As a life-long lover of dogs, sometimes the hardest part of my day is not petting the service dogs that occasionally accompany my clients to meetings with me. I learned early on that those sweet dogs are there for work, not play, and therefore it helps them do their job better if I don’t distract them. It is tempting though.
For many years, service dogs were thought of by society as “seeing-eye dogs” assisting those with vision impairment and/or loss. However, dogs provide assistance to people with disabilities across a wide spectrum.
Keep reading to learn more about service animals and how having one can affect your disability benefits claims.
Who Can Benefit from Service Animals?
Stories like these grab national headlines, and rightly so, because we are continuously learning just how important dogs can be to those in need. Dogs can assist those with detection related issues, like when someone with diabetes has dangerous blood sugar levels. Dogs can assist emotionally, providing companionship and a calming influence to those with anxiety related emotional issues. Dogs are now employed by hospitals, courts, schools, and the United States Military to provide assistance and comfort.
According to the United States Dog Registry [i], service dogs provide help to thousands of people suffering from medical problems like:
- Mobility issues (including paralysis)
- Sensory issues (blindness, hearing loss, etc.)
- Multiple sclerosis (MS)
- Bone and skeletal (such as osteoporosis, scoliosis, etc.)
- Post-traumatic stress disorder (PTSD)
How the Need for a Service Animal Affects Disability Benefits Claims
For my job, helping clients obtain and keep disability benefits, I typically need to prove that my client’s disability is incompatible with work. This usually means showing that my client cannot perform either their own job, but sometimes I am required to prove that my client cannot perform any work in the national economy.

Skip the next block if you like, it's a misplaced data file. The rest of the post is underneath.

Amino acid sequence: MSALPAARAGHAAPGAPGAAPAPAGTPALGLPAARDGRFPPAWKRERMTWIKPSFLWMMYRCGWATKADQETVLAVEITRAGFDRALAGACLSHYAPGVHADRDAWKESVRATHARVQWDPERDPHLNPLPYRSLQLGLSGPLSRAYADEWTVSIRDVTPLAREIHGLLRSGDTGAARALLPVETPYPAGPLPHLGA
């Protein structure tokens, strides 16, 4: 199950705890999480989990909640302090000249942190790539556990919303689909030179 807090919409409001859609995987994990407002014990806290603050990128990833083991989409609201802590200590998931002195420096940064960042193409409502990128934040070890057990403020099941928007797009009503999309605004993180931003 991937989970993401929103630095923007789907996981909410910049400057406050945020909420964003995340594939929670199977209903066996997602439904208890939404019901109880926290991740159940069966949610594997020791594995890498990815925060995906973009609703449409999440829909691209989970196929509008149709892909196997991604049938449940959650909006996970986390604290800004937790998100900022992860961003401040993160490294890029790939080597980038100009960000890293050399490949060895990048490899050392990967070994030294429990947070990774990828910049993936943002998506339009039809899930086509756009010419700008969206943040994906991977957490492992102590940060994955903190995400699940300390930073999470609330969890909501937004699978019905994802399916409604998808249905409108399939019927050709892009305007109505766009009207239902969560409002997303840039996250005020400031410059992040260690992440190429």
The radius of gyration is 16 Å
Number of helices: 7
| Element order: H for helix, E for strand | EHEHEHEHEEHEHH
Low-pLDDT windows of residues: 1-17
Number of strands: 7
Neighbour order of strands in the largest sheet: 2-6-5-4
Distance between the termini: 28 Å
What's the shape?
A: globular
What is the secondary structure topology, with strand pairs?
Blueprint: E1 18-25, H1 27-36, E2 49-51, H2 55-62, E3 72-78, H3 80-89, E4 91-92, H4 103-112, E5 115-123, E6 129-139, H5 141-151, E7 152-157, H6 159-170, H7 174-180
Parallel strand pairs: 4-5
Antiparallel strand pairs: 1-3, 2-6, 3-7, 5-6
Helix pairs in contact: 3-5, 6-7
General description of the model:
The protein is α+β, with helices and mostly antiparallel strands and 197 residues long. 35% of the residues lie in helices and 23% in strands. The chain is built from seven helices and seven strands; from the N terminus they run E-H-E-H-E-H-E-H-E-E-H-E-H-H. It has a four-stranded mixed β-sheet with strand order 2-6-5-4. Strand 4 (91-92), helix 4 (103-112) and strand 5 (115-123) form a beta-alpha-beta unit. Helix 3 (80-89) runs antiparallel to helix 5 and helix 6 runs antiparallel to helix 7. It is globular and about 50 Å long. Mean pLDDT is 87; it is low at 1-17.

More and more, I am seeing doctors recommending and certifying the need for patients to be assisted by service animals. While the vast majority of service animals are dogs, certain species of monkeys and miniature horses provide assistance to those with disabilities.
A doctor’s certification that you need a service animal may go a long way towards helping me prove your medical condition is incompatible with work. This is especially true if I only need to prove you are disabled from your previous job. By way of example, a sales associate for the local cable company who needs a service dog to accompany him to each appointment, into and out of strangers’ homes, is likely incompatible with the material and substantial duties of that job.
Regulations Affecting the Use of Service Animals by Disabled Persons
I am repeatedly asked about the impact of the Americans with Disabilities Act (ADA) and the Fair Housing Amendments Act on service animals. In terms of obtaining disability benefits, I am not as much interested in where the dog is technically allowed to go and under what circumstances. I am interested in showing the adjudicator in a disability benefits case that:
- My client requires a service animal due to his conditions.
- The utilization of a service animal during the course of full time work at a particular job is not possible.
It is critical to note that service dogs are amazing animals and are remarkably well trained. A service animal will not always be incompatible with every job. A careful practitioner should examine the definition of disability applicable to your case, inspect the material and substantial duties of the occupation in question, and possibly consult with a vocational expert on the issue of service dogs in the workplace.
Need Help with a Disability Benefits Claim? Contact Us Today!
The disability lawyers at Andalman & Flynn make it a practice to stay up to date on new regulations and case law to provide the most effective representation to our clients. We normally provide free consultations for clients looking to file for disability insurance benefits or appeal the denial or termination of those benefits, whether the claim is covered by ERISA or not. Please contact Peter Casciano for a free consultation today.
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